Cliff Arnall, a UK psychologist claimed that he had developed a formula to predict the sad date. The equation accounts for the weather, a person’s post-holiday debt and the dismal feelings that occur after the holidays conclude, according to the BBC.
We hate to be the spoilers of pseudo-sadness (actually, we don’t), but there is absolutely no such thing as the most depressing day of the year. And, in fact, Arnall himself has since retracted the work.
There is no scientific evidence that backs up the claim that one particular day is the most horrible out of all 365 days in a given year. But, since we’re talking about depressing days, we might as well talk about depression. You know, the mental illness. For those who experience the condition, it comes around a heck of a lot more than just one Monday a year.
Approximately 350 million people worldwide are affected by depression. The disorder is also the leading cause of disability globally, according to the World Health Organization. The symptoms are debilitating, from physical ailments like headaches to emotional issues like a loss of motivation. If left untreated, it can lead to suicide.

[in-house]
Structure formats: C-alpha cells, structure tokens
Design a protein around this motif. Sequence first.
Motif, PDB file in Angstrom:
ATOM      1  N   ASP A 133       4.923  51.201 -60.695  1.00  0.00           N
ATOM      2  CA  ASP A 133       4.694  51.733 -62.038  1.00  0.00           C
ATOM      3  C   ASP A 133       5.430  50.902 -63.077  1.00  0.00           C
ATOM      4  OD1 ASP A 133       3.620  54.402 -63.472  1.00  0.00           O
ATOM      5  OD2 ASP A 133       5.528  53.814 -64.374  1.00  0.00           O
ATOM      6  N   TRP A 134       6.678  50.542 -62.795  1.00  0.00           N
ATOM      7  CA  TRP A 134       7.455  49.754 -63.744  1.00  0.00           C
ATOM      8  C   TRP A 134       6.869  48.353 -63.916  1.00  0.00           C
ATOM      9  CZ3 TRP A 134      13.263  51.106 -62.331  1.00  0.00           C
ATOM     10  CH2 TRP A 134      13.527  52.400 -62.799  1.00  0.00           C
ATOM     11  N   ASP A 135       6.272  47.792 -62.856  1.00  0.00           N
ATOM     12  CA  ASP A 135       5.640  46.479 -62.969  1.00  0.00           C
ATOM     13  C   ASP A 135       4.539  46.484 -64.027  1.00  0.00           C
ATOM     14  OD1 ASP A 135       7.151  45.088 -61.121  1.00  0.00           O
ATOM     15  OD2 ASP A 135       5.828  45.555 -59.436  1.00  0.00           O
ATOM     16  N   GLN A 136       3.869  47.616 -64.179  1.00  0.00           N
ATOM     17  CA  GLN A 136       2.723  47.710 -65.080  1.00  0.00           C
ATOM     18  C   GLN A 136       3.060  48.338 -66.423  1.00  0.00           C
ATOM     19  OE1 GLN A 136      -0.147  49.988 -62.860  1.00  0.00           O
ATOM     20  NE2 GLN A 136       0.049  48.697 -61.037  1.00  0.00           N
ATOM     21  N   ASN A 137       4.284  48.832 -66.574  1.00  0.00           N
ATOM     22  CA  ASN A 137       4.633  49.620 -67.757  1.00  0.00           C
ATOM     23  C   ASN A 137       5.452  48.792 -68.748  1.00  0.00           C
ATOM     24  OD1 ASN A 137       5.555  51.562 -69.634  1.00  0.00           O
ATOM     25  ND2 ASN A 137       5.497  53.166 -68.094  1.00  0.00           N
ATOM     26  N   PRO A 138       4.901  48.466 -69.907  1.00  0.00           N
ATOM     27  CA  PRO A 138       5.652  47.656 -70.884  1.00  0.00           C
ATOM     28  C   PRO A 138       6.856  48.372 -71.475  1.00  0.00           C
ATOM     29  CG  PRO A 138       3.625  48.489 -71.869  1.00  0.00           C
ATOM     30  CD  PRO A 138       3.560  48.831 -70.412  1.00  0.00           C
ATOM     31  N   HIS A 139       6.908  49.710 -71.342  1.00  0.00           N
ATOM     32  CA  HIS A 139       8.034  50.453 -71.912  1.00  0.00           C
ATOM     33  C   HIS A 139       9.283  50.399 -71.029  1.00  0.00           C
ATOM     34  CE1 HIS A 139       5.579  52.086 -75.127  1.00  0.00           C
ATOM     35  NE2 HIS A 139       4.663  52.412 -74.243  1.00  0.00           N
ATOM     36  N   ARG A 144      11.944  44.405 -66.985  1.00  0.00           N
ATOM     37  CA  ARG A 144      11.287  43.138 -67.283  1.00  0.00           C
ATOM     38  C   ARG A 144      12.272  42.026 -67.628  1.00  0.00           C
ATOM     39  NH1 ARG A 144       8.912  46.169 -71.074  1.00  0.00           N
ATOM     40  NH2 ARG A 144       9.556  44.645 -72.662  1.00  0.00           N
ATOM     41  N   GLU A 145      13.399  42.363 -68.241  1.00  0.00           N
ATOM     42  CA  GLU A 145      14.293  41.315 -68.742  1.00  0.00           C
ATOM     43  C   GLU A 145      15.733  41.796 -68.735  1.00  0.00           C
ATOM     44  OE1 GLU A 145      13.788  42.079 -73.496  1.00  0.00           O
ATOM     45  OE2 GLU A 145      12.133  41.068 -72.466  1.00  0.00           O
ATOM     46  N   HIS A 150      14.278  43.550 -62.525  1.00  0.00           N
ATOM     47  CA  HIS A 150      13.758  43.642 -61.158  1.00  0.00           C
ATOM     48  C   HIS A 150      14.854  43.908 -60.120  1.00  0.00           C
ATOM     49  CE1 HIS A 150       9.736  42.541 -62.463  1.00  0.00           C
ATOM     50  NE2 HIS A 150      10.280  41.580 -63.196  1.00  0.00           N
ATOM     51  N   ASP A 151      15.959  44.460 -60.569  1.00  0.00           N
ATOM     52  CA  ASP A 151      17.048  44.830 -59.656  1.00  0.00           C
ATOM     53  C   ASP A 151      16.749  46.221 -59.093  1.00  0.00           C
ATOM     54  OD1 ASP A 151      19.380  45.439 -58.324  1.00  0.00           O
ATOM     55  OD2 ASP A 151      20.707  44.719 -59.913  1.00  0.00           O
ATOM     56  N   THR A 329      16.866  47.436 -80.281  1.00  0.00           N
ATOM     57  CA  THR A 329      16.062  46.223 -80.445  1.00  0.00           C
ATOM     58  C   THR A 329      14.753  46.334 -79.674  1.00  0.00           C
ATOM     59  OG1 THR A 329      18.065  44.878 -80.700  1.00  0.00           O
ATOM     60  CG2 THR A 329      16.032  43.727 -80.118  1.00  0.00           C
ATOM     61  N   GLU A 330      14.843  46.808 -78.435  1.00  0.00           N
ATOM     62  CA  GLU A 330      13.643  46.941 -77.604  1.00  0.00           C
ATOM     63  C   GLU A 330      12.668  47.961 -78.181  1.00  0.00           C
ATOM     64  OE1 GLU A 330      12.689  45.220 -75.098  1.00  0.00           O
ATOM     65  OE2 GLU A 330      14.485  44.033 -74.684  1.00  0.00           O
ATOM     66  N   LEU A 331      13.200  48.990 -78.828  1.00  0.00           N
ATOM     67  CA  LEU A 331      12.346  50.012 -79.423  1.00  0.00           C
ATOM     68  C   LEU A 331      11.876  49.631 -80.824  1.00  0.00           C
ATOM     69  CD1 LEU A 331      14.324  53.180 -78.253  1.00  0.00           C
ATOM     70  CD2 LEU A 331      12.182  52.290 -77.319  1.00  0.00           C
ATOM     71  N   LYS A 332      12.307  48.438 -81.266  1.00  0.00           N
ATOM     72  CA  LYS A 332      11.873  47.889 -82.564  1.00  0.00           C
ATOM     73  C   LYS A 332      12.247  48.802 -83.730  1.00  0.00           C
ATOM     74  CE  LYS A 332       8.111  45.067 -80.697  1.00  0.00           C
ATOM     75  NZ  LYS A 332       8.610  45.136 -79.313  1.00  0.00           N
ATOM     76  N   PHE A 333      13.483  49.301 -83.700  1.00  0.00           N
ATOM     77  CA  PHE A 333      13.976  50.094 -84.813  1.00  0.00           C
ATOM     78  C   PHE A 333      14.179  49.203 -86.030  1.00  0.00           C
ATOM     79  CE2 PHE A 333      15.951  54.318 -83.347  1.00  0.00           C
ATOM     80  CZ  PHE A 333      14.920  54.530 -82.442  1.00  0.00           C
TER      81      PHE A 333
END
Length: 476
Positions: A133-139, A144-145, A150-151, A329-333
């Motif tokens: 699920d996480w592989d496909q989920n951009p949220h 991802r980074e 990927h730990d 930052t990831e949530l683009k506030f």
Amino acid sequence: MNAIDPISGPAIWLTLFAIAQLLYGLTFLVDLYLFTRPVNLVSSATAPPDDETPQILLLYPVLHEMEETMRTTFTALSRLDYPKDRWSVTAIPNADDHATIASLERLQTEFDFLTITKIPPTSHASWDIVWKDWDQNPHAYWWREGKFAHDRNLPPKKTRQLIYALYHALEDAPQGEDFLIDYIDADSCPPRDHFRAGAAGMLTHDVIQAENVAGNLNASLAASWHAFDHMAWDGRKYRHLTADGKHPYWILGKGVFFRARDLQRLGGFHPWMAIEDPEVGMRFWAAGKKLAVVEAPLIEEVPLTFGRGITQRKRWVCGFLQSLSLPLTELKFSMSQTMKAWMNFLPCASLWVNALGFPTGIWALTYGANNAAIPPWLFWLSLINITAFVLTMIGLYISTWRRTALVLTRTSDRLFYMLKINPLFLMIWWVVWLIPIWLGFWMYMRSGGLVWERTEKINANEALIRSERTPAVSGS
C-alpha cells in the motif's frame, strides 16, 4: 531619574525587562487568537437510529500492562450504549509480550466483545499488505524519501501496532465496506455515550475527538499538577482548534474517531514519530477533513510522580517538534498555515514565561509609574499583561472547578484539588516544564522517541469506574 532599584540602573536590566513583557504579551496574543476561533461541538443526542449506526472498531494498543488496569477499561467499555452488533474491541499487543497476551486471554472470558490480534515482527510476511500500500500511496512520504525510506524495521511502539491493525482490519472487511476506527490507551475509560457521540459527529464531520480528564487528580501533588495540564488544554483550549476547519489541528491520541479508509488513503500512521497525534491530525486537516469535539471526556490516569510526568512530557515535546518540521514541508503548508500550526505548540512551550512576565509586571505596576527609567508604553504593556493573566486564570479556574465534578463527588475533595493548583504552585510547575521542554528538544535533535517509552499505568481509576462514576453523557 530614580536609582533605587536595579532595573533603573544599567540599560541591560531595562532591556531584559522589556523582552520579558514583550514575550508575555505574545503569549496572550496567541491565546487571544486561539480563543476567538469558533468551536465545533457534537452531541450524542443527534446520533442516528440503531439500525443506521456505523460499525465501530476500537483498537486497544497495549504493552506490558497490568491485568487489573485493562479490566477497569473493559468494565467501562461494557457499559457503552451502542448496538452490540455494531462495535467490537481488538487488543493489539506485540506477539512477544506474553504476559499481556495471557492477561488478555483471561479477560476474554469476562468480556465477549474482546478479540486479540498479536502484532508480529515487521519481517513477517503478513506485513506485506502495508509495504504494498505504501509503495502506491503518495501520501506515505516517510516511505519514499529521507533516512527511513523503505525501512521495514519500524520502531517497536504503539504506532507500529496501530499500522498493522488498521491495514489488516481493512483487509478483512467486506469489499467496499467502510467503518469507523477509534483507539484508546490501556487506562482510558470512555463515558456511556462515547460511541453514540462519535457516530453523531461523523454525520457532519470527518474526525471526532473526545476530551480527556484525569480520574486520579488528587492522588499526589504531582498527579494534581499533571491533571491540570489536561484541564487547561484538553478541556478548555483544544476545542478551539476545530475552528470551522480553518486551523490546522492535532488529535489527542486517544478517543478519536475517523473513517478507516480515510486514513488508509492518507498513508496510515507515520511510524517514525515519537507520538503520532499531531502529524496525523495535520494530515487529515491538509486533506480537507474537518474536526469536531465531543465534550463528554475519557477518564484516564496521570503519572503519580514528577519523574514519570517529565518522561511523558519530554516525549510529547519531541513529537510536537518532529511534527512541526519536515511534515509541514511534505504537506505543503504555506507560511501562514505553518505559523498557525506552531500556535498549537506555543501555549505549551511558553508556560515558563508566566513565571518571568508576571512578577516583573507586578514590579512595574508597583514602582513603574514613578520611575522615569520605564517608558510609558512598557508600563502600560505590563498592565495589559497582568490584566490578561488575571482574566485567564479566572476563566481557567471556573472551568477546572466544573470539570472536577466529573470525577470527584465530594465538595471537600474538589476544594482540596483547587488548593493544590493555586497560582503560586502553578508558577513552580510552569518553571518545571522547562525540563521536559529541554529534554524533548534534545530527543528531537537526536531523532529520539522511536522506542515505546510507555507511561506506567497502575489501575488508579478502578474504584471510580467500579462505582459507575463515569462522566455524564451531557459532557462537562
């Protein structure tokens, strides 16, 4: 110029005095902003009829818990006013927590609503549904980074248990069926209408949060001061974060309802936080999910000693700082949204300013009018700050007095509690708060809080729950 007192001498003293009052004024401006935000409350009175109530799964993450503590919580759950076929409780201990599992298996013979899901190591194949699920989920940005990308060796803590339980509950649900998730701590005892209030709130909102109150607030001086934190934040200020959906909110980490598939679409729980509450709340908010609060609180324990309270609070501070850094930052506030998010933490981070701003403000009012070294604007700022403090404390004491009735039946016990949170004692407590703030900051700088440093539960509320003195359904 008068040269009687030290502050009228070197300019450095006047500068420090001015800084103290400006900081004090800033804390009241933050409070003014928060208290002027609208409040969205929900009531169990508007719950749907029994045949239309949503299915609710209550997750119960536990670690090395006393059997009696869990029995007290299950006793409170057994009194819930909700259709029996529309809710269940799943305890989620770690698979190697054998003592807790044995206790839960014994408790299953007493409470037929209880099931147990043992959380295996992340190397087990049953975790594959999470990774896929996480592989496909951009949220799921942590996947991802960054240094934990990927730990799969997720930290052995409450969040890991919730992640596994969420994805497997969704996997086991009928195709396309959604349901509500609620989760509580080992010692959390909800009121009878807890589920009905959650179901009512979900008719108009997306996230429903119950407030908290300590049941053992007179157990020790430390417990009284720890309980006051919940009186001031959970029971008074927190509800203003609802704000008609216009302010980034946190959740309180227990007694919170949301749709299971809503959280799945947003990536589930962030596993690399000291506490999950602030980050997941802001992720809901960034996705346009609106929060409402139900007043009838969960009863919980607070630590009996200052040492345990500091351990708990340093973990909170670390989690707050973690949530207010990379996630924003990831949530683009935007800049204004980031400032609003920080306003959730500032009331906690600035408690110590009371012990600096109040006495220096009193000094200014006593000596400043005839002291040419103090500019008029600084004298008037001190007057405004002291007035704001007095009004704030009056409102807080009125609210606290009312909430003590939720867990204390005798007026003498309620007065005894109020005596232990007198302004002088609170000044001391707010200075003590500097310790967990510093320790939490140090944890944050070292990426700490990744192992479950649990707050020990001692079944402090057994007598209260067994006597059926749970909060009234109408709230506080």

It is common to hear mental health related terms thrown around in a colloquial manner. If you’re hyper-organized, you’re "OCD." If you change your mind, you’re "bipolar." And if you’re sad because it’s the third Monday in January, you’re "depressed."
Not only does this behavior promote a casual attitude toward mental illness, it actually deepens the stigma the mental health community is working so hard to eradicate. Many people with depression feel ashamed or judged because of their condition. And given the astounding statistics on how many people the illness affects, making light of it is nothing short of insensitive.
Bottom line: Depression doesn’t just appear one day out of the year and disappear the next. It doesn’t matter if it’s Blue Monday or Throwback Thursday.
If certain days — or every day — are particularly hard for you, it might be time to talk to a mental health professional (and a friendly side note: there’s absolutely nothing wrong with doing that). Otherwise, you may want to think twice before you purchase that wine, chocolate or whatever vice lets you "wallow" over the fact it’s Blue Monday.
Or go ahead and buy them — but just because you want to, not because you’re "depressed."
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